A Crop between a Crop

As I put up last week, we planted a fair amount of our spring wheat with the nice weather.  We didn’t just plant into open fields however, we also planted in between where we put our new baby hazelnut trees this past fall.

IMG_0991Hazelnuts take about 4 years to get large enough and have enough crop on the trees to make them worth harvesting.  So instead of letting our ground sit with no crop on it for 4 years, loosing income, we inter-plant.  In years past we have done a rotation of wheat, followed by crimson clover, then followed by one more crimson clover crop.  After that the trees are a little too big to get into the field with the larger equipment necessary to harvest the inter-crop.

IMG_0993It does get a bit tricky at times, with ways that you can manage the trees alongside another crop.  But we have found that these two crop types, wheat and crimson, do a very nice job.  Beyond the economics that you can get a little income off your ground for a few years, an added benefit is that you don’t have to spray for weeds on the bare ground for 3 years, with a crop on the ground it will help shade out unwanted weeds.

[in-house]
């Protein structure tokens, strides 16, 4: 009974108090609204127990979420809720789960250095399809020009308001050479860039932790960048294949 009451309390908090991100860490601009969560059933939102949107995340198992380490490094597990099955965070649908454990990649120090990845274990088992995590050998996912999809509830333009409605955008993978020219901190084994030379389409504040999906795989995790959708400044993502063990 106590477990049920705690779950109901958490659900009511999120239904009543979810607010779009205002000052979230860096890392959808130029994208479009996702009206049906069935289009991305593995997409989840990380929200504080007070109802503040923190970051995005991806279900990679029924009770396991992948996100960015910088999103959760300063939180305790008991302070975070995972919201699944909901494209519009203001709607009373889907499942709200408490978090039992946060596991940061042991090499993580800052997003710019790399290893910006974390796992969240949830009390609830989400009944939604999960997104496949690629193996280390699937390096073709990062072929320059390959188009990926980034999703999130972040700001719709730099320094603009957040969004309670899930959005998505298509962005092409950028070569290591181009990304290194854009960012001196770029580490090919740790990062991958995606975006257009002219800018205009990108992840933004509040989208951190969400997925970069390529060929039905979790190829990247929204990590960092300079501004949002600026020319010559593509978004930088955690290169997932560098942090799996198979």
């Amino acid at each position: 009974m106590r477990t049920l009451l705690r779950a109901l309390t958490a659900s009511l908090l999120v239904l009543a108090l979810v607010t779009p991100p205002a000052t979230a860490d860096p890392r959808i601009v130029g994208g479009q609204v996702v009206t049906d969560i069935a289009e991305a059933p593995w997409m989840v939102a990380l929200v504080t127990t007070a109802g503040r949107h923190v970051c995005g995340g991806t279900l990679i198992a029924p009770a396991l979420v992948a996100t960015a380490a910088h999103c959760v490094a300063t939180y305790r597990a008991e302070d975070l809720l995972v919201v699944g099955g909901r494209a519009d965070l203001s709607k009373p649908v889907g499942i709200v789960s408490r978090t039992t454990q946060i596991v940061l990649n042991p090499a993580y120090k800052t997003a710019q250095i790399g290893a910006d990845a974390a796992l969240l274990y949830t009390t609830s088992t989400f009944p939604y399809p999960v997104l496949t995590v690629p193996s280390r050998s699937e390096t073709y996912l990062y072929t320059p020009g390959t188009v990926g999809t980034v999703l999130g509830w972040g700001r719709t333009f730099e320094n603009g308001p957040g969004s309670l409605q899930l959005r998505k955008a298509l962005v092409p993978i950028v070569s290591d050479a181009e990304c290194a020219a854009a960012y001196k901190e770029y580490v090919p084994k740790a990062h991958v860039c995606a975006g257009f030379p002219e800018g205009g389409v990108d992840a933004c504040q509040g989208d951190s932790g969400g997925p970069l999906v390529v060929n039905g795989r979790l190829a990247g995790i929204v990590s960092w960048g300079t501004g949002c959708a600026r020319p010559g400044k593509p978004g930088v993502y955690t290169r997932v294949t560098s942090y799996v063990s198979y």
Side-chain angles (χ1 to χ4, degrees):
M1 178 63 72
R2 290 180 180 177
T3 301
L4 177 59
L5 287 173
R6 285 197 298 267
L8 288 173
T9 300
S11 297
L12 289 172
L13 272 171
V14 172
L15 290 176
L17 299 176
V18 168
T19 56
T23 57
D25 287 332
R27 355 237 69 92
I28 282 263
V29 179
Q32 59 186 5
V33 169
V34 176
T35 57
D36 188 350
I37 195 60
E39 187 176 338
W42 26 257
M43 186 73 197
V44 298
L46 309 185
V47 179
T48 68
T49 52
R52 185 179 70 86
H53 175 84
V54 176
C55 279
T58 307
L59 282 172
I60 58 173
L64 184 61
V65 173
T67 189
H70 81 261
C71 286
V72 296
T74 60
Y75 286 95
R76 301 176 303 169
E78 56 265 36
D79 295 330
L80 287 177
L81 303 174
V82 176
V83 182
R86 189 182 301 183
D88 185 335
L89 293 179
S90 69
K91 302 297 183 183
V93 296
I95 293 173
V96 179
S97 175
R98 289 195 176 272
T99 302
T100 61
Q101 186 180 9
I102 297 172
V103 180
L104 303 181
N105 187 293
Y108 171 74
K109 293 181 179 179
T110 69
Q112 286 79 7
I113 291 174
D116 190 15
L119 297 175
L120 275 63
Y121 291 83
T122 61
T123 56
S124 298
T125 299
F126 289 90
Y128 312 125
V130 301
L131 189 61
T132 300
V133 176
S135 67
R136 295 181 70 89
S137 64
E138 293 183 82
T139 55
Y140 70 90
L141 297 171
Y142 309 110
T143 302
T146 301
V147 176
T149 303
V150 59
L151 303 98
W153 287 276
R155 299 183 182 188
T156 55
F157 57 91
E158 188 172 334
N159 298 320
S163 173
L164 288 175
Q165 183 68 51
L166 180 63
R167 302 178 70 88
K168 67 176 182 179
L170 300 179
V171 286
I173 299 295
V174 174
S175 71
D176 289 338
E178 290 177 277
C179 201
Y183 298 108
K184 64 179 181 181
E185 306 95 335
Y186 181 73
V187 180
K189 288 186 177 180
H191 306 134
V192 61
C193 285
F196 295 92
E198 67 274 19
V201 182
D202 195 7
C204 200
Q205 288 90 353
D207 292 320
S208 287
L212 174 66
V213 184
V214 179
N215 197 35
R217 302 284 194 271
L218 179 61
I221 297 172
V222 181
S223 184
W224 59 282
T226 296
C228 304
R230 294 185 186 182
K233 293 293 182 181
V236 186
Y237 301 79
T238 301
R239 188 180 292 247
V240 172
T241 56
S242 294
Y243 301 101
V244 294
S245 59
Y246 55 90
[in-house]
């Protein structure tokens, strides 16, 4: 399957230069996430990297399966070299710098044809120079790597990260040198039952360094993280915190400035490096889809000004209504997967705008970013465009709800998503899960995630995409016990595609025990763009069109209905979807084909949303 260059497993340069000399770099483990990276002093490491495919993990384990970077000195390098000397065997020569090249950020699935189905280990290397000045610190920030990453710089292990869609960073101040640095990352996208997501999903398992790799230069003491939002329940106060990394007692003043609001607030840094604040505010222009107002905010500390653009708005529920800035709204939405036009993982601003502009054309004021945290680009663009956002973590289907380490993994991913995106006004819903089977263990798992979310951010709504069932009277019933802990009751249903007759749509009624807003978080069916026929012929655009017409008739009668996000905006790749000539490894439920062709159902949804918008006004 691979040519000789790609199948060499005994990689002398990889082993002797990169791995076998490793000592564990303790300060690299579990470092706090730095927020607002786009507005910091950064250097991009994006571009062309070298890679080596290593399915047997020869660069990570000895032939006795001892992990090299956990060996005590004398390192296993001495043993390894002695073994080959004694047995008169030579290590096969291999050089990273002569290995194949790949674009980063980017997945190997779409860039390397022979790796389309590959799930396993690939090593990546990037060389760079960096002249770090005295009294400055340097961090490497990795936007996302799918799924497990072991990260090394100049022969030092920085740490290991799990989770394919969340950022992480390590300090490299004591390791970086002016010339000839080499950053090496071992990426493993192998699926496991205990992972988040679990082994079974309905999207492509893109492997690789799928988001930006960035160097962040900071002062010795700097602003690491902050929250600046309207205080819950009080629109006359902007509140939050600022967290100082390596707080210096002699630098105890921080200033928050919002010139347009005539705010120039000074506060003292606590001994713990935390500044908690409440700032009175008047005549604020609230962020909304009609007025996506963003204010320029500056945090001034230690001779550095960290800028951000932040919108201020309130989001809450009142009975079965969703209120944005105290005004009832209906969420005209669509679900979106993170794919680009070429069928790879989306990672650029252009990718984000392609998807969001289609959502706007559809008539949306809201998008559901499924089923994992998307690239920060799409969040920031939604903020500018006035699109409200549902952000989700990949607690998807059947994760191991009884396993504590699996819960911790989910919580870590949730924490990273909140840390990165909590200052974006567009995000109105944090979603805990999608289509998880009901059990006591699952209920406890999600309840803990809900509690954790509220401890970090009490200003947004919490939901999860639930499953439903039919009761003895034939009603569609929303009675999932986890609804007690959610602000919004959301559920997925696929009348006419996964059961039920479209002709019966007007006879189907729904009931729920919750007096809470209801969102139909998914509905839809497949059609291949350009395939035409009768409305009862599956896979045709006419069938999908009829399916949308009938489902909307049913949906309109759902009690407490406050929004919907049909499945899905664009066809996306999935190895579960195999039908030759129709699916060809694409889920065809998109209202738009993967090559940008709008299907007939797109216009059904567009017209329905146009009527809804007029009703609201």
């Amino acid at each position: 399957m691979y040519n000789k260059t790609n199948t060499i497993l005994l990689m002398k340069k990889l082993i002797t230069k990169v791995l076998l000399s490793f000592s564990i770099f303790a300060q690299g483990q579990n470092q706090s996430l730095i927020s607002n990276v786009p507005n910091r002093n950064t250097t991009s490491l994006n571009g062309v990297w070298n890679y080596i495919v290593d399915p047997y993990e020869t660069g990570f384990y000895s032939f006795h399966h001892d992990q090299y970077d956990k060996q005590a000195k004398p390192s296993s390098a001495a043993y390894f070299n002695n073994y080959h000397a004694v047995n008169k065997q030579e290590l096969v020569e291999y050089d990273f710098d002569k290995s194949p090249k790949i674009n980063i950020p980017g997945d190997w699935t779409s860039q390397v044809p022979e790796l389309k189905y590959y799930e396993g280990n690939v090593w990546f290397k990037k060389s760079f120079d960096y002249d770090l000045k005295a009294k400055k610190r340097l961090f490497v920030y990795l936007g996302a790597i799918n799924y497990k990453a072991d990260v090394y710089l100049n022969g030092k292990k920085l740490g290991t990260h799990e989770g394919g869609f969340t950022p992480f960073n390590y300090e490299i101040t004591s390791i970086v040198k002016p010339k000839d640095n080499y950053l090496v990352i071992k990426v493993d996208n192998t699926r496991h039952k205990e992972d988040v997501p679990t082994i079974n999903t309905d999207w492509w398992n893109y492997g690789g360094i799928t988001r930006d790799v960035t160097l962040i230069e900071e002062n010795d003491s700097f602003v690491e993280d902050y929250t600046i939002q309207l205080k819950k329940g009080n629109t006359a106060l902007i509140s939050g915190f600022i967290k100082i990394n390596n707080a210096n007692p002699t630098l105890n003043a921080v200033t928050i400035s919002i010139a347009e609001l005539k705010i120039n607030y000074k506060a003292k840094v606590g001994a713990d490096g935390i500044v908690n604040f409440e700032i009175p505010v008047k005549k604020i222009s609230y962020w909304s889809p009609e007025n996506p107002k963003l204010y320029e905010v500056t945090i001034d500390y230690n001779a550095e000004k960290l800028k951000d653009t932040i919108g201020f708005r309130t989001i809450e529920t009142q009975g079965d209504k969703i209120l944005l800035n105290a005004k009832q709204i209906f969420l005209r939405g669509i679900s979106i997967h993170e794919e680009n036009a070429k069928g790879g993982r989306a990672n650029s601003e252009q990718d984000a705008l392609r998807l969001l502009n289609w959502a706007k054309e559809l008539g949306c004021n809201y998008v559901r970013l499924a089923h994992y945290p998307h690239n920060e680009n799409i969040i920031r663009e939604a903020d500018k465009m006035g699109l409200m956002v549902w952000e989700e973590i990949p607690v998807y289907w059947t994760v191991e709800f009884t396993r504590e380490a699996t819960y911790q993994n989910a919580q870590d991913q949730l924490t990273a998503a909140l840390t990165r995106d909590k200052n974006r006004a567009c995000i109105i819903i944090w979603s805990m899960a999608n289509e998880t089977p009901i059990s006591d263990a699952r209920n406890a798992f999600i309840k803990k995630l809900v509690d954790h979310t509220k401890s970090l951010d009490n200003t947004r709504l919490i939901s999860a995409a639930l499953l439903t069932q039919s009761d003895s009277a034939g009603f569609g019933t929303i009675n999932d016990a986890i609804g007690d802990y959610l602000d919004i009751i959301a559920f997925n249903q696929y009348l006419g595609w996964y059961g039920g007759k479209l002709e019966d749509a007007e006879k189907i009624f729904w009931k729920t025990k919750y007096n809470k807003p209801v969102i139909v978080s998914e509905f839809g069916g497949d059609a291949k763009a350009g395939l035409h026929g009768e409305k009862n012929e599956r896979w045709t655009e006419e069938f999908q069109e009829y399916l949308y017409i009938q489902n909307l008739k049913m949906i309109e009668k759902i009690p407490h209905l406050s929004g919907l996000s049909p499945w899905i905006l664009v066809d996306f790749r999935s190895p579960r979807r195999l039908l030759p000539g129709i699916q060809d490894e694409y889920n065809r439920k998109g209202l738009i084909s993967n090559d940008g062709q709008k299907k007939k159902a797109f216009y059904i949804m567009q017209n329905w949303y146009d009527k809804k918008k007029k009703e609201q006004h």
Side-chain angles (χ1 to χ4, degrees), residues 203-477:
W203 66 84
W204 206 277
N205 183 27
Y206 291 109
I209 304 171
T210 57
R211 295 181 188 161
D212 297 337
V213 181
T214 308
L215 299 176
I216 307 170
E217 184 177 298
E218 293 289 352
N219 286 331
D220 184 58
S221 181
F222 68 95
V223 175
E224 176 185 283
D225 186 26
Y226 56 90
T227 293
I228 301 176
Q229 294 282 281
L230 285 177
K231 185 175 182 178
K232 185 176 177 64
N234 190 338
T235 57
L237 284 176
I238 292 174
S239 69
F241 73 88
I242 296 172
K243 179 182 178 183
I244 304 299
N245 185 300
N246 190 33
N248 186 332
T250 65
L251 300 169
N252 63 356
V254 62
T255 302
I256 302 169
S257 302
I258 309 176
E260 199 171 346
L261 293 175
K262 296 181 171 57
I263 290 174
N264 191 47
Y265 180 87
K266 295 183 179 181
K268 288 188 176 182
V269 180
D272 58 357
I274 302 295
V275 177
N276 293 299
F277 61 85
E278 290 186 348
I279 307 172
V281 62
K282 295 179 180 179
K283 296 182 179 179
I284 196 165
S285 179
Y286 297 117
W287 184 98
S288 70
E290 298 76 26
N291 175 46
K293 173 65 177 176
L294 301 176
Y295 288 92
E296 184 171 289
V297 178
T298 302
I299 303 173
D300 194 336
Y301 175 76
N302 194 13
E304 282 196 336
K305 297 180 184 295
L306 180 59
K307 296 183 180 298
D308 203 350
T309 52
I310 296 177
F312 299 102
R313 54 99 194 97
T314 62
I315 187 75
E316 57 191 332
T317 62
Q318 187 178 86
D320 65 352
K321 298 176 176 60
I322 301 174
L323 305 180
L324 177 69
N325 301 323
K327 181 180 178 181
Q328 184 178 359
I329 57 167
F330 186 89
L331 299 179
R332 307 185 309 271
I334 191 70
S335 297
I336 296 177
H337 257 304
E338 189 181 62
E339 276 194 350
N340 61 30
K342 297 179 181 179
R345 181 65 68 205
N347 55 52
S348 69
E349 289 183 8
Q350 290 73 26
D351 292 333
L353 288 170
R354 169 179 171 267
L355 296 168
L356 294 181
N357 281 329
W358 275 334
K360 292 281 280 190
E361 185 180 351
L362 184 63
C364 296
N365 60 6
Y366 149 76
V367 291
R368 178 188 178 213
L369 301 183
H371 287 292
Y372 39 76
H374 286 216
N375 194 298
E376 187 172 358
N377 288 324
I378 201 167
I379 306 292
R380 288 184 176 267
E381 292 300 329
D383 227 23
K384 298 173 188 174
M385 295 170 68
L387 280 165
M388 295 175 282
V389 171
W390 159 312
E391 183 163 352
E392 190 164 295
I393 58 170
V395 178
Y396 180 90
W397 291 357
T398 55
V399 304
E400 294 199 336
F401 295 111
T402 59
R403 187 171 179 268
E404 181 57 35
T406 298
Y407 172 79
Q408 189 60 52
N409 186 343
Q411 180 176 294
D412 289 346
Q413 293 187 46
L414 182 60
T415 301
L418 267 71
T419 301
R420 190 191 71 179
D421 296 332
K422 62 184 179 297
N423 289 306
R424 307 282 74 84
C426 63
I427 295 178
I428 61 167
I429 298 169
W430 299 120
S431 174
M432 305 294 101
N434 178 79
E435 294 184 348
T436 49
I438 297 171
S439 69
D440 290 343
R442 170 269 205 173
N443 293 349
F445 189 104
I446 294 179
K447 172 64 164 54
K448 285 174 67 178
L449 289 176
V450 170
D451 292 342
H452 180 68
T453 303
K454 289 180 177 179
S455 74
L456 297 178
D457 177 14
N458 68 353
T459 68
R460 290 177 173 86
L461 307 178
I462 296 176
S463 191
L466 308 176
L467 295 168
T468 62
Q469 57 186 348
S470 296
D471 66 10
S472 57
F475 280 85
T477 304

45421_632730056839_3300153_nThis is a photo of our first wheat crop in between hazelnut trees 5 years ago.  The major change was that we had to swath (cut down) the wheat instead of harvesting it while it was standing.  This was because our wheat header was too big to fit down the rows.  At our farm even with 1000 acres to work with, just loosing 27 acres to a crop that won’t be harvest-able for another 4 years puts us in a pinch.  So we do what we can to make sure we are utilizing the land that we have.

Author: Nuttygrass

I'm a nut and grass farmer, EMT, Firefighter, and world traveler. I love a good laugh and a great adventure!

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